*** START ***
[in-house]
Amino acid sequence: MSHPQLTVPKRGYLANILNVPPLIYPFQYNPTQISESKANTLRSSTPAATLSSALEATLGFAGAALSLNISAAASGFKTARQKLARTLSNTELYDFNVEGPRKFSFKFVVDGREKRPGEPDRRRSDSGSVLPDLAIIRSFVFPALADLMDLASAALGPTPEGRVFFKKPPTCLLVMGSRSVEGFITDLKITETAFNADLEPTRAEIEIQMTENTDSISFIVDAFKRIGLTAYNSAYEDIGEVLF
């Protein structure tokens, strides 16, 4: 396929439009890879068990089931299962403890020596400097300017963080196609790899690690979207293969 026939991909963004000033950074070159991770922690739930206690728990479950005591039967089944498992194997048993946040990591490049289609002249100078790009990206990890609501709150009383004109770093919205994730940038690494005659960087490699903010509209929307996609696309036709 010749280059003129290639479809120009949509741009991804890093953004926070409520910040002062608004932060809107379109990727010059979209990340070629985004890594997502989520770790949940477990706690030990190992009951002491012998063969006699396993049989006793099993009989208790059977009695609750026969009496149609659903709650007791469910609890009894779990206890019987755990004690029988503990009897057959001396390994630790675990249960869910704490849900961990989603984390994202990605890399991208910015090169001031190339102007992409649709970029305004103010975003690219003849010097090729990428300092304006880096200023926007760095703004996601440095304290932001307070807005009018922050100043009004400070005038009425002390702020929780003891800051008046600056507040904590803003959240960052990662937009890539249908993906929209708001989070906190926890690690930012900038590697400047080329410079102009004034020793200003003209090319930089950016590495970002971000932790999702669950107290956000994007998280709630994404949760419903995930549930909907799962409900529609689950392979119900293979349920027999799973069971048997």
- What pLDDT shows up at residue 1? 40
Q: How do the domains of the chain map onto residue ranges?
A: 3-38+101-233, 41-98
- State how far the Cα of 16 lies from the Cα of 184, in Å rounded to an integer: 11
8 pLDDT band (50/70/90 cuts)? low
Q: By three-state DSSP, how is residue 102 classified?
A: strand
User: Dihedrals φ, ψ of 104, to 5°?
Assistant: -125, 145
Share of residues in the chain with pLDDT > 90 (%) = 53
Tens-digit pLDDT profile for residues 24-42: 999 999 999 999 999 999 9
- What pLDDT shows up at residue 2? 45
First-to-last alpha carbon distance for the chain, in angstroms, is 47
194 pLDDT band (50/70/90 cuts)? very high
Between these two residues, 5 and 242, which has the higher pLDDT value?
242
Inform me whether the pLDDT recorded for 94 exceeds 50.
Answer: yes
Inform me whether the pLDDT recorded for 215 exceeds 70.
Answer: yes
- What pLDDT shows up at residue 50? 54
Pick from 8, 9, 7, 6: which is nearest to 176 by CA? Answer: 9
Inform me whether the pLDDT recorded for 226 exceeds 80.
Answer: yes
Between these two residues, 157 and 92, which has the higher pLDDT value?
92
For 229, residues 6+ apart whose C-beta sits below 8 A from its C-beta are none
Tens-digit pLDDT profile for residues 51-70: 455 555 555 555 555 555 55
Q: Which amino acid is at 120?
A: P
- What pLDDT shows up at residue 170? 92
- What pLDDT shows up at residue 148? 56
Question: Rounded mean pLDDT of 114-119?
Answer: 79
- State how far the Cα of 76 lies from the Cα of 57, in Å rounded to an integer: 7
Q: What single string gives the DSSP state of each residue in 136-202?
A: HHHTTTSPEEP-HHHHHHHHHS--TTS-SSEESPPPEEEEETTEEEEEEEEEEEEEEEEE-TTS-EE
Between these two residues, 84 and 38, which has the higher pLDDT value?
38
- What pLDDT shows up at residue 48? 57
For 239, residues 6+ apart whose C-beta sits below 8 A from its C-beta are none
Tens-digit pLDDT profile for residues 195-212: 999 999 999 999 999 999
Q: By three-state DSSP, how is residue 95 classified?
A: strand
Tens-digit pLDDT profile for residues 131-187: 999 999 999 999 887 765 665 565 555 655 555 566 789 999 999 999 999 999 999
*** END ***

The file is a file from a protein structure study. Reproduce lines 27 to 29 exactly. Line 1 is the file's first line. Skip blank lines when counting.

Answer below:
Answer: yes
Between these two residues, 157 and 92, which has the higher pLDDT value?
92